The Armored Heart Part III: Removing the Plates
You’ve been amplifying your resilience (See my blog post on Part II) and have noticed that you can take emotional hits without shattering — as much. Great! Be patient with yourself as you develop a more resilient heart. Like any growth process, it takes time and energy to accomplish.
Meanwhile, it might be time to start peeling back some layers of armor. Why should we do that? How should we do that?
Why. As we noted earlier (Part I), armor creates a barrier to incoming pain. But it also creates a barrier to incoming joy, love, friendship and caring. If we can peel back our armor, we allow ourselves to connect with the good stuff in life. As long as we have developed some resilience skills, we will be better equipped to deal with real life rather than shield ourselves against it.
How. After practicing and learning skills to become RESILIFIED, we can start removing the armor, plate by plate. This can happen by taking small risks with trusted people. Here are some possibilities:
1. Be a little vulnerable. Let some of your warts and flaws show. If you are having some struggles, share that with a “safe” person. Don’t armor up with sarcasm, dishonesty, or concealment. You might say, “Yeah, things aren’t going so good with my job. I’m not sure it’s going to work out. It really sucks.”
Then the listener has the chance to do one of two things:
• Availability: If the listener is emotionally available, he/she will empathize or join with you with something like, “Really? I had a job that I got fired from. . . it was a drag. So what is the worst part about work? Your boss?” When you find somebody who can connect with your heart-felt feelings, then perhaps you should get to know that person better. Probably be a friend.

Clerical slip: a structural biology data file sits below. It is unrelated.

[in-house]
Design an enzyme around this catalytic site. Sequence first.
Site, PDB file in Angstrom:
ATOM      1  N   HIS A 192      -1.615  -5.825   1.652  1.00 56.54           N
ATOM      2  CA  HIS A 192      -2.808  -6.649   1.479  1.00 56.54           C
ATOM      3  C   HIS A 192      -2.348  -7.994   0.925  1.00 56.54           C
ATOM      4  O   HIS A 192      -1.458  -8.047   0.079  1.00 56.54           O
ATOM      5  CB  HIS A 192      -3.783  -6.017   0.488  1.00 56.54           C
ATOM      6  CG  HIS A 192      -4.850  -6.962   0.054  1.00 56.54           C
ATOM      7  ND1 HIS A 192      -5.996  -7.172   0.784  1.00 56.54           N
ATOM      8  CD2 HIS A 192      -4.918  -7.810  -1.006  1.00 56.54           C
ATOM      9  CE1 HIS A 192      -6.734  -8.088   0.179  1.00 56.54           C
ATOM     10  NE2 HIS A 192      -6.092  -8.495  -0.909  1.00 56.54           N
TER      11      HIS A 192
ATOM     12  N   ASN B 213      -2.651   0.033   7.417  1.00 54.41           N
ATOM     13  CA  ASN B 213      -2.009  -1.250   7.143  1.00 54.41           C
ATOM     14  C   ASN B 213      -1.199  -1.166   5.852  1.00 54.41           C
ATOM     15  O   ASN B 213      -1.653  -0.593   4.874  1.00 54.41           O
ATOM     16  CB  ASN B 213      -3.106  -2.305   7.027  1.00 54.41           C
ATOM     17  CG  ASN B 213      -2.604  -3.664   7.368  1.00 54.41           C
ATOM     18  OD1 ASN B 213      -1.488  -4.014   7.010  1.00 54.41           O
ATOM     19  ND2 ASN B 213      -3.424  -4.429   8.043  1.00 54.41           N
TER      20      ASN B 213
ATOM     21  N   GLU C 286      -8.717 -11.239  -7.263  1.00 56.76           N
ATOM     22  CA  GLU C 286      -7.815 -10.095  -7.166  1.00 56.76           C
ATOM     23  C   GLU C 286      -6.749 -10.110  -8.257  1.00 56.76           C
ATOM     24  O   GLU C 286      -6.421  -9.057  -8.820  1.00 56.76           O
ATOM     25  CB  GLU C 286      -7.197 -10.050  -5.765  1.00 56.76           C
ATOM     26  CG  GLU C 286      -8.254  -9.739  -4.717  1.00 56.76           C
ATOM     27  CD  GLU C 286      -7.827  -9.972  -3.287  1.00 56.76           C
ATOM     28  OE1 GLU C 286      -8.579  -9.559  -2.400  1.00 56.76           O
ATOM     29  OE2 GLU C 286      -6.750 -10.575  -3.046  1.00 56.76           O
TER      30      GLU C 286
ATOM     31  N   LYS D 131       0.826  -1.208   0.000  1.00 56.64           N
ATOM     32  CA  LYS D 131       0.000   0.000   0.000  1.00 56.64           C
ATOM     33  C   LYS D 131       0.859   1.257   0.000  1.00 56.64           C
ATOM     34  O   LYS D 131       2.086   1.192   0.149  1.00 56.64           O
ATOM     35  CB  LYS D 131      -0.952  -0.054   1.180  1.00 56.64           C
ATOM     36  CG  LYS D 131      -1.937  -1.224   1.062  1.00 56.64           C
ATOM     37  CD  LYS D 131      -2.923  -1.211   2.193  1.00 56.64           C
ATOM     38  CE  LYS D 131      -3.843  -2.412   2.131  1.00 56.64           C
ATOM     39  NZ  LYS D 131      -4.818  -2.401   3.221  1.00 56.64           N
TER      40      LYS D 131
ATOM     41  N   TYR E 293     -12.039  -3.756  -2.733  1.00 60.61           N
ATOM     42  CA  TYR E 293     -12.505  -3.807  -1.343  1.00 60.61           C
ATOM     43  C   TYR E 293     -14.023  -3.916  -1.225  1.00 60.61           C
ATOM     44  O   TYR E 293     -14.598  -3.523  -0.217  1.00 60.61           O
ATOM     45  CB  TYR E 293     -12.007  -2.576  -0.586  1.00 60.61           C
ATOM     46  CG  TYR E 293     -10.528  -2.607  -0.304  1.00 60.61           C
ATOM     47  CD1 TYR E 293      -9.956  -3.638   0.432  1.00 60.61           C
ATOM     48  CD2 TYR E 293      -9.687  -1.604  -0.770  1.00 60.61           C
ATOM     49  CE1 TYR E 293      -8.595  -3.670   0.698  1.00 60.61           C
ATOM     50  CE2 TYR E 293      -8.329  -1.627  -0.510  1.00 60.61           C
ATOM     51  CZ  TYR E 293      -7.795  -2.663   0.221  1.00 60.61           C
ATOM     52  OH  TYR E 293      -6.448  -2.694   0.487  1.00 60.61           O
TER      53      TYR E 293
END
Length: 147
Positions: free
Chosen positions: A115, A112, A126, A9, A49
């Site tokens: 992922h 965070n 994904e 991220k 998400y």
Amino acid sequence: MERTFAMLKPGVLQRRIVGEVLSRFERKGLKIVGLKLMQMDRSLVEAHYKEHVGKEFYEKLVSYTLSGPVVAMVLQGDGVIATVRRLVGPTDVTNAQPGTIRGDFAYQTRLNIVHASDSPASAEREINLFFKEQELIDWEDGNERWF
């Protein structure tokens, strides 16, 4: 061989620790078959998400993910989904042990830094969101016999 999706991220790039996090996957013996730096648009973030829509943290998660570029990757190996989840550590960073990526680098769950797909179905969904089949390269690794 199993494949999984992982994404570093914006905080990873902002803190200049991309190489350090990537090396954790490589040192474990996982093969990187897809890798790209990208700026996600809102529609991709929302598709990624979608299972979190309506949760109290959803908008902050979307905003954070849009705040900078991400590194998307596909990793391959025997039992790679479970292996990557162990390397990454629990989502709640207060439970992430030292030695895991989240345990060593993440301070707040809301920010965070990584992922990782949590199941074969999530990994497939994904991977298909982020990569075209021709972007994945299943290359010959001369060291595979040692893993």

• Avoidance: If the listener is emotionally unavailable, he/she will avoid the subject of emotions and probably make a joke or change the subject. “Ummm,” they might say, “So hey, what about that last Yankees game?” You don’t need to reject someone who may be emotionally unavailable, but just understand that they can’t really connect authentically. You might just keep things superficial, right? Recalibrate any negative thoughts that might pop up (Part II).
2. Reach Out. Do or say something kind every single day for 2 weeks and record any good responses. Sure, sometimes people will ignore or not trust you, but if you keep reaching out, somebody will eventually respond well. And don’t forget to reach out to those who are often forgotten — not just to people who are popular or the center of attention. The less popular people will appreciate your gestures the most. If people don’t respond well, recalibrate your thoughts and seek feedback from a trusted friend, family member or counselor.
3. Say Yes. If you get invited to be with people for anything healthy (and safe) then by all means, say “yes.” Don’t let negative self-talk keep you from being social or trying new things. Peel back a little armor during the hang-out session and see who is emotionally available.
4. Be really bad at something. Monitor your self-talk and don’t let fears and negative thoughts keep you from experiencing things you might enjoy. You can be really bad at something and still like it. Everyone is really bad compared to the experts. Really bad at art? Paint anyway. Really bad at sports? Play anyway. Really bad at talking to people? Socialize anyway. It’s a great way to peel back your armor, and if it is a little awkward, you can rely on your resilience skills to keep yourself in the game. Plus, it’s a great way to do #1.
5. Talk to someone. When you find yourself feeling hurt or angry, talk it over with somebody who is a good listener. This could be a teacher, co-worker, family member, clergy or counselor. Don’t hide your frustrations under armor.
Of course, some people really are destructive and there is nothing wrong with putting some distance between you and someone who is hurtful. Just remember that not EVERYONE is out to injure you. In fact, most people are pretty nice.